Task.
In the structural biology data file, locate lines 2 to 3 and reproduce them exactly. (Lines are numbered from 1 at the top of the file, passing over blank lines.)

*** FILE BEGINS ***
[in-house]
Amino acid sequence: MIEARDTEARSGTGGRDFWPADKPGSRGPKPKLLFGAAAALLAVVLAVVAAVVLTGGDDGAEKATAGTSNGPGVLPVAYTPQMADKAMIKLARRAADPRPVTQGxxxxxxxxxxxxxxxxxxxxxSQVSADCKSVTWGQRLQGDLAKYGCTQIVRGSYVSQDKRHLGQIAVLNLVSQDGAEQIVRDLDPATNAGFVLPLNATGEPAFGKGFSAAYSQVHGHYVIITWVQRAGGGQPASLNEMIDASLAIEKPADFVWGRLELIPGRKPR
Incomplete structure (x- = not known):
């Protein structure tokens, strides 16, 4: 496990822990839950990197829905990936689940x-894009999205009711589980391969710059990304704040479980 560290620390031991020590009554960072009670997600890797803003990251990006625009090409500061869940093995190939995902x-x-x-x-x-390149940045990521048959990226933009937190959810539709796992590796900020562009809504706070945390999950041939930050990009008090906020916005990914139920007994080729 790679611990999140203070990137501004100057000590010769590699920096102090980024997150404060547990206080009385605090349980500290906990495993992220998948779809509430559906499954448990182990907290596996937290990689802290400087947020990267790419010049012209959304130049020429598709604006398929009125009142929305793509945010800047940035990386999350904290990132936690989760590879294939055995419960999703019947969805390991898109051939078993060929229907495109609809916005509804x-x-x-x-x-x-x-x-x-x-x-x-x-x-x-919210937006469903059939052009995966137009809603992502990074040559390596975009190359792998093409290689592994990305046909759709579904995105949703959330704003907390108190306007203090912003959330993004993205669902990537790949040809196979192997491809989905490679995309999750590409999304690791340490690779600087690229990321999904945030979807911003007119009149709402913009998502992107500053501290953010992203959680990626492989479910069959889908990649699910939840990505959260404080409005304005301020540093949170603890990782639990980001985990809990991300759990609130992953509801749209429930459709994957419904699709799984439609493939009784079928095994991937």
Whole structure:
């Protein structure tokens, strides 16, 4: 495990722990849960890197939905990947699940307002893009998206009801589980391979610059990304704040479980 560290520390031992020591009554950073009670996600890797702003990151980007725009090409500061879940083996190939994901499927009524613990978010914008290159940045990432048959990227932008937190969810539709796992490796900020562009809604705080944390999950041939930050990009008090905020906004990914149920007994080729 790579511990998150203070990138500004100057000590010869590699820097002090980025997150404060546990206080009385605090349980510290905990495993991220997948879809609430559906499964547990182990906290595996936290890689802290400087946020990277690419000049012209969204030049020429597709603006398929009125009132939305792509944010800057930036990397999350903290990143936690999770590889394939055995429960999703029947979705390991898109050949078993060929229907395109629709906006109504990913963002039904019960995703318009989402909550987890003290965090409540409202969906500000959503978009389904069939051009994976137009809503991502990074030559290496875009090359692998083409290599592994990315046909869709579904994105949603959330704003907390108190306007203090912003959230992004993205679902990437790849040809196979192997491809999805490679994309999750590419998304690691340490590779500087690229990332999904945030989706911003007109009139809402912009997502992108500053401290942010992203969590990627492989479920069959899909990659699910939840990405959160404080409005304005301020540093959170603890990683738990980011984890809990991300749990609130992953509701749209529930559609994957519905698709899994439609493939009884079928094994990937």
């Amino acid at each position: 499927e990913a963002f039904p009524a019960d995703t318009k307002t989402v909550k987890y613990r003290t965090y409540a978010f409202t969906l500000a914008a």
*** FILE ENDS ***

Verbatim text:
Amino acid sequence: MIEARDTEARSGTGGRDFWPADKPGSRGPKPKLLFGAAAALLAVVLAVVAAVVLTGGDDGAEKATAGTSNGPGVLPVAYTPQMADKAMIKLARRAADPRPVTQGxxxxxxxxxxxxxxxxxxxxxSQVSADCKSVTWGQRLQGDLAKYGCTQIVRGSYVSQDKRHLGQIAVLNLVSQDGAEQIVRDLDPATNAGFVLPLNATGEPAFGKGFSAAYSQVHGHYVIITWVQRAGGGQPASLNEMIDASLAIEKPADFVWGRLELIPGRKPR
Incomplete structure (x- = not known):